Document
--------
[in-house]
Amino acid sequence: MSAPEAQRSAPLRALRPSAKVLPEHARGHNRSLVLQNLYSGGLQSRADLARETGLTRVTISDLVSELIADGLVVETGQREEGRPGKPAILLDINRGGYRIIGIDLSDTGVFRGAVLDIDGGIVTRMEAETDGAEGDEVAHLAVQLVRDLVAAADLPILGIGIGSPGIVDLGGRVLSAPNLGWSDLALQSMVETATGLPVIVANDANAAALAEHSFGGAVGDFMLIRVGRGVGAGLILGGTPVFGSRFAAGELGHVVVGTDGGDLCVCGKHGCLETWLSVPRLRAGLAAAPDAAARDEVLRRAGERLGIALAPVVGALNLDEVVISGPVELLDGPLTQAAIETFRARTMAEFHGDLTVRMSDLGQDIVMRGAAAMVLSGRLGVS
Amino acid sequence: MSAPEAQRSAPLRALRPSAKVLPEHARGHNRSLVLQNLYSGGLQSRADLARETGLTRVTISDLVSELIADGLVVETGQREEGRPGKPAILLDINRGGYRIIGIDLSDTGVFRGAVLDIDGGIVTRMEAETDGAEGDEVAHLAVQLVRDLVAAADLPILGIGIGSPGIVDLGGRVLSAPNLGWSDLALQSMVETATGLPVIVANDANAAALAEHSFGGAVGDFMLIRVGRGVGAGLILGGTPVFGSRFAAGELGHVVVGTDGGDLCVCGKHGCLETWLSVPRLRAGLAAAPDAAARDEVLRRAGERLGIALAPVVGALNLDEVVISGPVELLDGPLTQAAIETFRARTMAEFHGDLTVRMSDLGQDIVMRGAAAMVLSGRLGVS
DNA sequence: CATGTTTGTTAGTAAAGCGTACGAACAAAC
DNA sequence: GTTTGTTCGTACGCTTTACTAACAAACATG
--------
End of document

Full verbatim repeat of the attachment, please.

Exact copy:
[in-house]
Amino acid sequence: MSAPEAQRSAPLRALRPSAKVLPEHARGHNRSLVLQNLYSGGLQSRADLARETGLTRVTISDLVSELIADGLVVETGQREEGRPGKPAILLDINRGGYRIIGIDLSDTGVFRGAVLDIDGGIVTRMEAETDGAEGDEVAHLAVQLVRDLVAAADLPILGIGIGSPGIVDLGGRVLSAPNLGWSDLALQSMVETATGLPVIVANDANAAALAEHSFGGAVGDFMLIRVGRGVGAGLILGGTPVFGSRFAAGELGHVVVGTDGGDLCVCGKHGCLETWLSVPRLRAGLAAAPDAAARDEVLRRAGERLGIALAPVVGALNLDEVVISGPVELLDGPLTQAAIETFRARTMAEFHGDLTVRMSDLGQDIVMRGAAAMVLSGRLGVS
Amino acid sequence: MSAPEAQRSAPLRALRPSAKVLPEHARGHNRSLVLQNLYSGGLQSRADLARETGLTRVTISDLVSELIADGLVVETGQREEGRPGKPAILLDINRGGYRIIGIDLSDTGVFRGAVLDIDGGIVTRMEAETDGAEGDEVAHLAVQLVRDLVAAADLPILGIGIGSPGIVDLGGRVLSAPNLGWSDLALQSMVETATGLPVIVANDANAAALAEHSFGGAVGDFMLIRVGRGVGAGLILGGTPVFGSRFAAGELGHVVVGTDGGDLCVCGKHGCLETWLSVPRLRAGLAAAPDAAARDEVLRRAGERLGIALAPVVGALNLDEVVISGPVELLDGPLTQAAIETFRARTMAEFHGDLTVRMSDLGQDIVMRGAAAMVLSGRLGVS
DNA sequence: CATGTTTGTTAGTAAAGCGTACGAACAAAC
DNA sequence: GTTTGTTCGTACGCTTTACTAACAAACATG